Investing in the stock market requires patience. Even the best-performing stocks have down years.

Take e-commerce giant Amazon as the perfect example. Since the end of 2001, shares of Amazon are higher by nearly 32,000%. However, Amazon has ended five of the past 20 years lower, if we include its year-to-date return for 2021 as the 20th year. There's simply no such thing as a stock that goes up every year.

However, there are a handful of publicly traded companies that come awfully close. The following trio of stocks have delivered a positive annual total return -- including dividends paid -- in at least 18 of the past 20 years (i.e., since Dec. 31, 2001).

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Costco Wholesale: A positive total return in 18 of the past 20 years

The first stock that's been nearly automatic for investors over the past two decades is warehouse club Costco Wholesale (COST 1.00%). Costco's total return has been positive in 18 of the past 20 years, with the exceptions being 2002 and 2008. This means it's working on a 13-year winning streak in 2021, and it's delivered an aggregate total return of close to 1,400% over 20 years.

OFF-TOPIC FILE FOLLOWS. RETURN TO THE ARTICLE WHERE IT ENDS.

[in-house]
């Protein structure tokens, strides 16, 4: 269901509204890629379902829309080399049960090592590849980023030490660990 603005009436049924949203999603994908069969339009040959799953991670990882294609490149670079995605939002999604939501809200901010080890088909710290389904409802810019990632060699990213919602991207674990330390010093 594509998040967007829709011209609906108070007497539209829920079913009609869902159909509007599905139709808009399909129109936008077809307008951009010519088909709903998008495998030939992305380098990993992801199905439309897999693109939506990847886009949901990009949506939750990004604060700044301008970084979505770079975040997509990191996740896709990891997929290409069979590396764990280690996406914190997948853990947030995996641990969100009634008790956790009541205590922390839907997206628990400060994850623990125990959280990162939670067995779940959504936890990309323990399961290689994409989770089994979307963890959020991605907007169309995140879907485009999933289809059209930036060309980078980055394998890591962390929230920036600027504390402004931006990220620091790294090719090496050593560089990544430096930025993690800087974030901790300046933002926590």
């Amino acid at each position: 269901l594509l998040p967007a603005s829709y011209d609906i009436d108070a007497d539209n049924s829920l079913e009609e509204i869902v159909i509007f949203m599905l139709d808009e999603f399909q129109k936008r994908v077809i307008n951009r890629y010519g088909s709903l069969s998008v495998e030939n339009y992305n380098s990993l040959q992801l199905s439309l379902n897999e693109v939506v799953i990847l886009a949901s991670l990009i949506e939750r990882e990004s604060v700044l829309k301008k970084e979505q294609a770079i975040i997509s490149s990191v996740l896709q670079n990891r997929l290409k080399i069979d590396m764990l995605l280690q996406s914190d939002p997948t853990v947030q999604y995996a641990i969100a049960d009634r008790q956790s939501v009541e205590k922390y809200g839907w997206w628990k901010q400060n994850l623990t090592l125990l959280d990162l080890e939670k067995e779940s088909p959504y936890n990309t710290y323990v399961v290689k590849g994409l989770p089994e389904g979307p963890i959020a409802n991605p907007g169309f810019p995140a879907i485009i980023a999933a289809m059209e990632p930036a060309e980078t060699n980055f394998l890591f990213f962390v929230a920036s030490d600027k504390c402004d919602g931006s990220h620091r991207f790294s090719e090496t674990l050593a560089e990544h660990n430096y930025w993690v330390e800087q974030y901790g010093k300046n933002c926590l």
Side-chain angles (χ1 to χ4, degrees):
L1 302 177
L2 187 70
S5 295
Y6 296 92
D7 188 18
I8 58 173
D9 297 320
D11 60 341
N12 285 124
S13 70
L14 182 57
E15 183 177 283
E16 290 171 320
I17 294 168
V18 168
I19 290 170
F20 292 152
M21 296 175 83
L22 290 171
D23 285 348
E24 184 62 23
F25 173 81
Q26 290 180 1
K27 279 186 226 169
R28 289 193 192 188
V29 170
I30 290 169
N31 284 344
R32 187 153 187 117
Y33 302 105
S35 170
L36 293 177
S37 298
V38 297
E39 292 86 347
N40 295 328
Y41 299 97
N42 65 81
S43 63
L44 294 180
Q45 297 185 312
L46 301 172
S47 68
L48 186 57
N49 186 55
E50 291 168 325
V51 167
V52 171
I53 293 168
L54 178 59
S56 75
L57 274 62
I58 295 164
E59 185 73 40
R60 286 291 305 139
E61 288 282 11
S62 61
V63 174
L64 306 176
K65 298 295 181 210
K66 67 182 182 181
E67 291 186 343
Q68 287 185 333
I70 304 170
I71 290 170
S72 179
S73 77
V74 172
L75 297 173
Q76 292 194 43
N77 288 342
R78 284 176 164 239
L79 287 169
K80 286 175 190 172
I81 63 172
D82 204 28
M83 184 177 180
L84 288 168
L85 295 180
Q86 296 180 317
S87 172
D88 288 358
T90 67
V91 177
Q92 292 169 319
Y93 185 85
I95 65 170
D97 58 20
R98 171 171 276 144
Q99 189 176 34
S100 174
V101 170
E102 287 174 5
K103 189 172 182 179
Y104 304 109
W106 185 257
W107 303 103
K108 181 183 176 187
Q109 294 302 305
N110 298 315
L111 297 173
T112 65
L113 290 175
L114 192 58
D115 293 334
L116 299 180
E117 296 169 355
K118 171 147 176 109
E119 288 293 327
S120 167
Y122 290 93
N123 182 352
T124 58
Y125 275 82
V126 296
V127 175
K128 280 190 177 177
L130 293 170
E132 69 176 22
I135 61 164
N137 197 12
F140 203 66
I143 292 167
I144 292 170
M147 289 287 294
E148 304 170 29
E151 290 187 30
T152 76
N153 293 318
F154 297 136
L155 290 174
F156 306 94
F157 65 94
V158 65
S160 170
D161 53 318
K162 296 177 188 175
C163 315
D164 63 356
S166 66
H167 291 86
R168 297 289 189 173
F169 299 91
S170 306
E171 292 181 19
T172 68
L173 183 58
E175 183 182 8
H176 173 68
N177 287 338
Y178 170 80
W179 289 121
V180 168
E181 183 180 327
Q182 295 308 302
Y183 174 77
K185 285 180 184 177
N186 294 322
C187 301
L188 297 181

One of the biggest factors in Costco's success is the company's buying strategy. Costco is a large company with deep pockets. It purposely buys its goods in bulk to drive down the cost it pays for each unit. These cost-savings are then passed along to its members and used as an important dangling carrot to attract new customers.

Although groceries play a big role in bringing foot traffic to its warehouses, food isn't what'll drive margins higher. Costco also fills its stores with aisles of discretionary goods, ranging from clothes and electronics to jewelry and household items. By providing a wide array of goods for its members that are generally cheaper than they'd find in other brick-and-mortar retailers, Costco is counting on its shoppers to add higher-margin discretionary items to their carts.

It's also worth noting that Costco is a consumer staples stock. In other words, it sells basic need products that consumers purchase no matter how well or poorly the U.S. economy is performing. No matter how steep of a recession we go through, people still buy toothpaste, toilet paper, detergent, food, and a number of other goods that Costco carries. This means steady and predictable cash flow for Costco in virtually any economic environment.